Export C #defines as shell variables

By : SF.
Source: Stackoverflow.com
Question!

In my project, a number of paths to various directories, files and other components of the system are stored as #defines in a filenames.h, a file included by all that need them. It works well for all the various binaries generated by compilation, but the project also includes a few shell scripts that use the same paths. Currently this means that as a path changes, all I have to do is edit filenames.h and recompile to get the set of executables to understand the new path, but I have to edit each shell script by hand.

So the question is, how to make the #defines into shell variables, for example generating some filenames.sh script that would be called from other scripts to initialize them. So for example:

#define TMP_PATH      "/ait/tmp/"
#define SYNCTMZFILE   TMP_PATH "sync_tmz"

would create

TMP_PATH="/ait/tmp/"
SYNCTMZFILE="/ait/tmp/sync_tmz" 

Of course it would be possible to write a C program that creates it (even prints it out to stdout and then to execute it in backticks in the shell) but I'd prefer a simpler, more robust method, say, writing a half-C half-shell like thing that run through cpp would create the right output, or something alike.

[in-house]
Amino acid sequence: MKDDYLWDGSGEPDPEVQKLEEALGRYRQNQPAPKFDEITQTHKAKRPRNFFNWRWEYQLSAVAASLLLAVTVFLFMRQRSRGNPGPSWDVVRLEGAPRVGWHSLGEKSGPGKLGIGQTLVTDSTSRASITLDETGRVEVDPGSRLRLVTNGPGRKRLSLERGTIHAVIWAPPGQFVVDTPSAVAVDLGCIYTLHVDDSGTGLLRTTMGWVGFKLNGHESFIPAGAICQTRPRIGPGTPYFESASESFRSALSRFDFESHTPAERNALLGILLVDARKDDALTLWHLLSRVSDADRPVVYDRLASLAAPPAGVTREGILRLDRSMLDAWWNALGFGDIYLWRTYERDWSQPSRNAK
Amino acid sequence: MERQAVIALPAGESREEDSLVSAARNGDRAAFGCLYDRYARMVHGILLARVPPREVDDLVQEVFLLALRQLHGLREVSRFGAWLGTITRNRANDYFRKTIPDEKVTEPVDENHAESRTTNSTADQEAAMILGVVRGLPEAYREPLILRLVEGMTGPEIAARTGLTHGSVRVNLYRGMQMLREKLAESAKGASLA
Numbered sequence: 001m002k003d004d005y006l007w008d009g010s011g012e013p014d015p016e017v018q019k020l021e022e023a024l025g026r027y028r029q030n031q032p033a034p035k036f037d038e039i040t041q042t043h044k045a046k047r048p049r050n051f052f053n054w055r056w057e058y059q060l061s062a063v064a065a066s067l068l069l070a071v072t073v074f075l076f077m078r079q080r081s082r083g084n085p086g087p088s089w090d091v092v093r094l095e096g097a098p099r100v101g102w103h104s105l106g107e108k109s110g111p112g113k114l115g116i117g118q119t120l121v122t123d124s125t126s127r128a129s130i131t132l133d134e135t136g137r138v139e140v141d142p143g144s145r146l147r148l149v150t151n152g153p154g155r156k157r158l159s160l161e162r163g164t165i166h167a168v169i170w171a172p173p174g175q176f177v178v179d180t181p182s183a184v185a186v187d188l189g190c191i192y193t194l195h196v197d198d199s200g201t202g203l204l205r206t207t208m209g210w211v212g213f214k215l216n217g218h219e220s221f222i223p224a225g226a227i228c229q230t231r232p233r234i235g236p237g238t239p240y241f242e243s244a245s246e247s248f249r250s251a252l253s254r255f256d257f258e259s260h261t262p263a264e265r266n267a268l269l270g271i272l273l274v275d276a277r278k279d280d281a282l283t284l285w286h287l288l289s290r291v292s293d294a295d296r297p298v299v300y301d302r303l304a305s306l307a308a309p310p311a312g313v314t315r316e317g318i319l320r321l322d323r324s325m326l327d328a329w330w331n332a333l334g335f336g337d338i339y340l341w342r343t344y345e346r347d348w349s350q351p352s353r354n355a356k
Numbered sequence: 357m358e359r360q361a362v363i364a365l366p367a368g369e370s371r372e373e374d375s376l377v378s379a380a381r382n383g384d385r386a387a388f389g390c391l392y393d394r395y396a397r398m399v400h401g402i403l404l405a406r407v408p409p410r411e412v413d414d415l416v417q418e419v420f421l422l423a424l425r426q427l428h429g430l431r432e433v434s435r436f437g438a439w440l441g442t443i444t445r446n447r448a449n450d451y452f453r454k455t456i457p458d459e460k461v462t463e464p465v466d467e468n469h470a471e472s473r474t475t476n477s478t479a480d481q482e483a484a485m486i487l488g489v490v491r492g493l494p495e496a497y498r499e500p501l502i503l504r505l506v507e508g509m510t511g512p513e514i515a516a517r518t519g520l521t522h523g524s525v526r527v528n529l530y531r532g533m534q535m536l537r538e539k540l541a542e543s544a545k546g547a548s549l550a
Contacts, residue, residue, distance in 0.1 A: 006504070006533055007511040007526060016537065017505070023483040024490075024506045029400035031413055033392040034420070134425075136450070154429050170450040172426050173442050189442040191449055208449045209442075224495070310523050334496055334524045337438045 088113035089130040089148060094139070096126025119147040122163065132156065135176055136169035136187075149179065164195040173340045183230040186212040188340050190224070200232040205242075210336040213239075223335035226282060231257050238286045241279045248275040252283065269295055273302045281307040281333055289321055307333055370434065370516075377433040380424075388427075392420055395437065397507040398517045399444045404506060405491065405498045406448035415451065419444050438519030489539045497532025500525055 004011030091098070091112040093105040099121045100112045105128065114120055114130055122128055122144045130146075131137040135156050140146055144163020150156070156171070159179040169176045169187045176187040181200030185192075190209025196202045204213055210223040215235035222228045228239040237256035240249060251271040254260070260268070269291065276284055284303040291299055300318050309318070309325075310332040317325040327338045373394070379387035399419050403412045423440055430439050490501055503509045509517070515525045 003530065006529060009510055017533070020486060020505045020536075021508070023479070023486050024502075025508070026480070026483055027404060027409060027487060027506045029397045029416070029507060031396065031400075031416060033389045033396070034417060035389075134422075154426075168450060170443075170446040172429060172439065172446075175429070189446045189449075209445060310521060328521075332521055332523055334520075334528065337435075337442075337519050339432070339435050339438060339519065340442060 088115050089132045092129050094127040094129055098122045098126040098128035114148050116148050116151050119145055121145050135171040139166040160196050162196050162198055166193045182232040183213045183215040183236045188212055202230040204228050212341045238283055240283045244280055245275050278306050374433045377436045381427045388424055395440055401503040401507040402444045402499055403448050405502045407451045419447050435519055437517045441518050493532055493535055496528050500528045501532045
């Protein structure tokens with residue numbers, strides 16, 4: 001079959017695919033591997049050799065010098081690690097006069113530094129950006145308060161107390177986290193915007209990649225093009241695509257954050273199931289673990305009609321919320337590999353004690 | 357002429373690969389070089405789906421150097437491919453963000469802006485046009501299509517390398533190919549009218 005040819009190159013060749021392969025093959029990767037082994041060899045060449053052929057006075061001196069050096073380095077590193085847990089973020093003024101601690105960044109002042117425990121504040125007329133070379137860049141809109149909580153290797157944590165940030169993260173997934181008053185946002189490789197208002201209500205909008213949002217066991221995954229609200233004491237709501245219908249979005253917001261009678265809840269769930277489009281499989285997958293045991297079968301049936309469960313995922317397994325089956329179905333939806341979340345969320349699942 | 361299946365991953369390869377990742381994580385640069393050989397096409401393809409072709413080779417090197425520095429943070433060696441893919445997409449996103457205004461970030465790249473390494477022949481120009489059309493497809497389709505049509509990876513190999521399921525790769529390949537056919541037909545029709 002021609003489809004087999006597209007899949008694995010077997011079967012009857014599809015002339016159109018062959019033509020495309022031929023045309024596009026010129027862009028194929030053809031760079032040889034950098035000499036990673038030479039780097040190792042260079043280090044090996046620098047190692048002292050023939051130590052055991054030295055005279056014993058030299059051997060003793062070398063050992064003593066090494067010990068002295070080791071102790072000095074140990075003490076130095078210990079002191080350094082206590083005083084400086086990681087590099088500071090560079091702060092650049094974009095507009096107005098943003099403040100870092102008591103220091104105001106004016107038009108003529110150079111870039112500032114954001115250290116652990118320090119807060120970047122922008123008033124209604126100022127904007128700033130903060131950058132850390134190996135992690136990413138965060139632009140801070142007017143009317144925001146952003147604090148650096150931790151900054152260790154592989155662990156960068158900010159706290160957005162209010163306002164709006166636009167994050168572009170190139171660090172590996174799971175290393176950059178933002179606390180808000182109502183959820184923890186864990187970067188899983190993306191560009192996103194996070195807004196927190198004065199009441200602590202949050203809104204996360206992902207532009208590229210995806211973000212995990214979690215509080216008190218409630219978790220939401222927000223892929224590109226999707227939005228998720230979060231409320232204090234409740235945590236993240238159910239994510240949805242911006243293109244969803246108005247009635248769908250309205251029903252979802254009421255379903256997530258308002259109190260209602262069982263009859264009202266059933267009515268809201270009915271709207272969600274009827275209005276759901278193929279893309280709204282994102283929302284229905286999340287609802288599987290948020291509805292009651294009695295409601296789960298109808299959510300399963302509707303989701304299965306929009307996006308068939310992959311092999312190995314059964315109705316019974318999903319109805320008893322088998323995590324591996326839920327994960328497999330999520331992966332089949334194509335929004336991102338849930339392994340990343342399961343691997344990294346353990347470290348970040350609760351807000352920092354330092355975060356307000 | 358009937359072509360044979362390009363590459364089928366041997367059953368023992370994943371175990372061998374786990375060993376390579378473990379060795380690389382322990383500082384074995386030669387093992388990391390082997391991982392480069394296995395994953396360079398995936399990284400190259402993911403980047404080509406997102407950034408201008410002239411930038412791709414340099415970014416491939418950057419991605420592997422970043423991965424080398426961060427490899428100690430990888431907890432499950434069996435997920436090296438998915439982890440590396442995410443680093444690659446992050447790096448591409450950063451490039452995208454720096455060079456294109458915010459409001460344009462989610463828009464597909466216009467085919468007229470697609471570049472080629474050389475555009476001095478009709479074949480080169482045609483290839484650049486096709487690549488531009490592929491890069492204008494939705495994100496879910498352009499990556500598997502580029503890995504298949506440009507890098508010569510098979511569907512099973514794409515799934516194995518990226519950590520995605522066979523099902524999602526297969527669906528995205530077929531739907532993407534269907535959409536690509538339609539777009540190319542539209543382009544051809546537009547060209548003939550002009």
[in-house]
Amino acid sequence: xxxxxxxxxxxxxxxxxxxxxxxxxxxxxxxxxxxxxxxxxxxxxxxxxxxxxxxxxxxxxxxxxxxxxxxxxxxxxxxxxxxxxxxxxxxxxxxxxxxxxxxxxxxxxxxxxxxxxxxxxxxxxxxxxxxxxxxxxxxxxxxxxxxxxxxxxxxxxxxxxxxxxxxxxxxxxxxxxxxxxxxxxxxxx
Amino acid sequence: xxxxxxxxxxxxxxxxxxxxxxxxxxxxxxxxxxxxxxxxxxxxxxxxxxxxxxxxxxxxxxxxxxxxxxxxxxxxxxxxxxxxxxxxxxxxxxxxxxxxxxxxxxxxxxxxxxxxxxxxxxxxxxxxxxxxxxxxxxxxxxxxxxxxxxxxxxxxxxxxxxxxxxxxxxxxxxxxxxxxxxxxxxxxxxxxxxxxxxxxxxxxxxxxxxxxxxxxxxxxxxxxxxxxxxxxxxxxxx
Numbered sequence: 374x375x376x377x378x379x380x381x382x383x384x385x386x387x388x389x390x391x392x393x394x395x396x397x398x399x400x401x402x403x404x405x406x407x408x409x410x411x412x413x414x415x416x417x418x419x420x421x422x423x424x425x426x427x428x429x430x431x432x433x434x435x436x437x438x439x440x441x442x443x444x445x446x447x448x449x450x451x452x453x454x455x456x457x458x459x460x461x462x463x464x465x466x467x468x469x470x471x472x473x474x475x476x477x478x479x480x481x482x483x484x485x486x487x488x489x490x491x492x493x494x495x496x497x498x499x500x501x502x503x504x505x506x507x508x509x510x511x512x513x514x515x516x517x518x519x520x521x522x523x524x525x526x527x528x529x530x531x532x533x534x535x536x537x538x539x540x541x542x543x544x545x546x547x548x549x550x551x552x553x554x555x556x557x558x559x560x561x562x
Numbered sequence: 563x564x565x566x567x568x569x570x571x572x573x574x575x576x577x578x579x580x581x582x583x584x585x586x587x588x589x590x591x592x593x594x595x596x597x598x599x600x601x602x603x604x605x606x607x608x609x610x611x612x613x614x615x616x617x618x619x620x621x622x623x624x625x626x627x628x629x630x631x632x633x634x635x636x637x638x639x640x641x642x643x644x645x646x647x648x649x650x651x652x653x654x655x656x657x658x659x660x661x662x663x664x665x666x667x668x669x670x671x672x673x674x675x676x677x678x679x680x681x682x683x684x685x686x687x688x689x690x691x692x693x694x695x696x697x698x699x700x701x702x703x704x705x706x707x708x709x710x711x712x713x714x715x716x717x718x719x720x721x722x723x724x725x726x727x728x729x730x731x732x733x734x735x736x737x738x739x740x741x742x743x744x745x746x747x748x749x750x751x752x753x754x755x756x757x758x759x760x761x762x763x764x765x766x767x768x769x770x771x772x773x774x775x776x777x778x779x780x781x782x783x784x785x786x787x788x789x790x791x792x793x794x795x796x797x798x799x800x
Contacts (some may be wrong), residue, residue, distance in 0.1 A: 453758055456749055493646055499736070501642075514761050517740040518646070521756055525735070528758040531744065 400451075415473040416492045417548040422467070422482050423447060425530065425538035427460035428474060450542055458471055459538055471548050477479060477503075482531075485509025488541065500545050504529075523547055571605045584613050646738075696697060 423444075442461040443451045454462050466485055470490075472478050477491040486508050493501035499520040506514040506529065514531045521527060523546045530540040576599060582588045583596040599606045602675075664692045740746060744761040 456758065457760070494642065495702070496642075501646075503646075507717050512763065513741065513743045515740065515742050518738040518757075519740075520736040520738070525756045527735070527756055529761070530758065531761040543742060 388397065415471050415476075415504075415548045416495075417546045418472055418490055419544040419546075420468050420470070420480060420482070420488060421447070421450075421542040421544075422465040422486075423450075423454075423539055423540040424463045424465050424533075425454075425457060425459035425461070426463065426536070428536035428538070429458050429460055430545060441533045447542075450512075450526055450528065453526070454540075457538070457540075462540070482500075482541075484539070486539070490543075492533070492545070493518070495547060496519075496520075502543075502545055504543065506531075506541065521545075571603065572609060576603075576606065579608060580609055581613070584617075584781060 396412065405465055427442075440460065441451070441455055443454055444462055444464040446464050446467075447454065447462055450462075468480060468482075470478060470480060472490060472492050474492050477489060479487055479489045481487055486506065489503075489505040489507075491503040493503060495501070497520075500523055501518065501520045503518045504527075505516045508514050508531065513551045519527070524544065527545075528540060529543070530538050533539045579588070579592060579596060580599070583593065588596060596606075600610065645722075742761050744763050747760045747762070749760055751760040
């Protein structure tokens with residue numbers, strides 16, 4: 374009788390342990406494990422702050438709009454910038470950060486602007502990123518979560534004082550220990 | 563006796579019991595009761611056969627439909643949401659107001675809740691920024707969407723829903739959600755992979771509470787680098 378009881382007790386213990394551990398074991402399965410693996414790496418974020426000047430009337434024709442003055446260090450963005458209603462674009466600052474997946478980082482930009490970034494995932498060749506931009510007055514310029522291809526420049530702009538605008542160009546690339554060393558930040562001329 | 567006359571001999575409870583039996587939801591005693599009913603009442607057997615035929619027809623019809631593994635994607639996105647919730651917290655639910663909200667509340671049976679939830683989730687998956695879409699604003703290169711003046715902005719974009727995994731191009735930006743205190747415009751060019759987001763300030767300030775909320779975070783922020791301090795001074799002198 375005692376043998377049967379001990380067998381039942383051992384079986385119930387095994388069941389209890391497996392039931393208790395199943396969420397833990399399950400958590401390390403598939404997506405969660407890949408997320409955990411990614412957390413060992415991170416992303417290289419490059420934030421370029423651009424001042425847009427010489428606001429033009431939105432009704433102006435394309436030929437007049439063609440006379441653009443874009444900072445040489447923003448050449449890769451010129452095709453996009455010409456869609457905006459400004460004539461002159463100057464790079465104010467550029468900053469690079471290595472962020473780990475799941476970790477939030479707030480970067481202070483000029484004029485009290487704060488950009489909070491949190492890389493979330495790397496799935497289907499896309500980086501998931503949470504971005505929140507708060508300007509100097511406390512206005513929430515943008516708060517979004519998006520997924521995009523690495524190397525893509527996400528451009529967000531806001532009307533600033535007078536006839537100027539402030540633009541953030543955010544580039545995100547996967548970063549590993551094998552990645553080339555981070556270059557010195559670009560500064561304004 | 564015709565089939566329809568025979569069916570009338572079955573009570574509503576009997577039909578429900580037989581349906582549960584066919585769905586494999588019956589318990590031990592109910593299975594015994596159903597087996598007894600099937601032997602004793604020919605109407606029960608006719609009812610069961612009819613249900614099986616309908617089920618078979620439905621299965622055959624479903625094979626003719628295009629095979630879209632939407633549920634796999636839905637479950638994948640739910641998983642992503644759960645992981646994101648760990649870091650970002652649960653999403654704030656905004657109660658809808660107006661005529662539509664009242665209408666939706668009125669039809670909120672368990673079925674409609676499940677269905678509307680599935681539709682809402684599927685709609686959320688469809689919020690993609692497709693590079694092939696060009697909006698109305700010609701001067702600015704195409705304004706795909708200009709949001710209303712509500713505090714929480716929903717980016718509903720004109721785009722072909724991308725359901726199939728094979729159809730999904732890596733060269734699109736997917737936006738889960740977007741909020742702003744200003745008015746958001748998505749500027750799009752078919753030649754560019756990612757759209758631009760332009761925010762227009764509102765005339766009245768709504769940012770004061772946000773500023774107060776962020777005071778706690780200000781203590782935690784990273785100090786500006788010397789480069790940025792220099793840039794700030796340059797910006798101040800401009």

By : SF.


Answers

If you build your program using make and the shell scripts are executed by make as part of your build process, you could turn it around:

  • Single-source the variables in your Makefile.
  • Export them to the environment for the shell scripts.
  • Pass them to the C compiler as command line options. (This assumes your compiler supports the -D parameter or something similar.)

Example (untested):

export TMP_PATH := /ait/tmp/
export SYNCTMZFILE := $(TMP_PATH)sync_tmz
CFLAGS  = -DTMP_PATH="$(TMP_PATH)" -DSYNCTMZFILE="$(SYNCTMZFILE)"

If you don't use make, the -D option still may be useful to you: you could single-source the variables in a shell script instead of in a header file.

By : bk1e


The reverse -- keeping the master as a shell script and generating an header from that -- would be easier. If your header is very stylized, you can write a shell script (or use awk/sed/perl/...) to parse it and generate the shell fragment.



Put this in your Makefile:

filenames.sh: filenames.h
        awk '/^#define/{print;printf "_%s=%s\n",$2,$2}' $
By : mouviciel


This video can help you solving your question :)
By: admin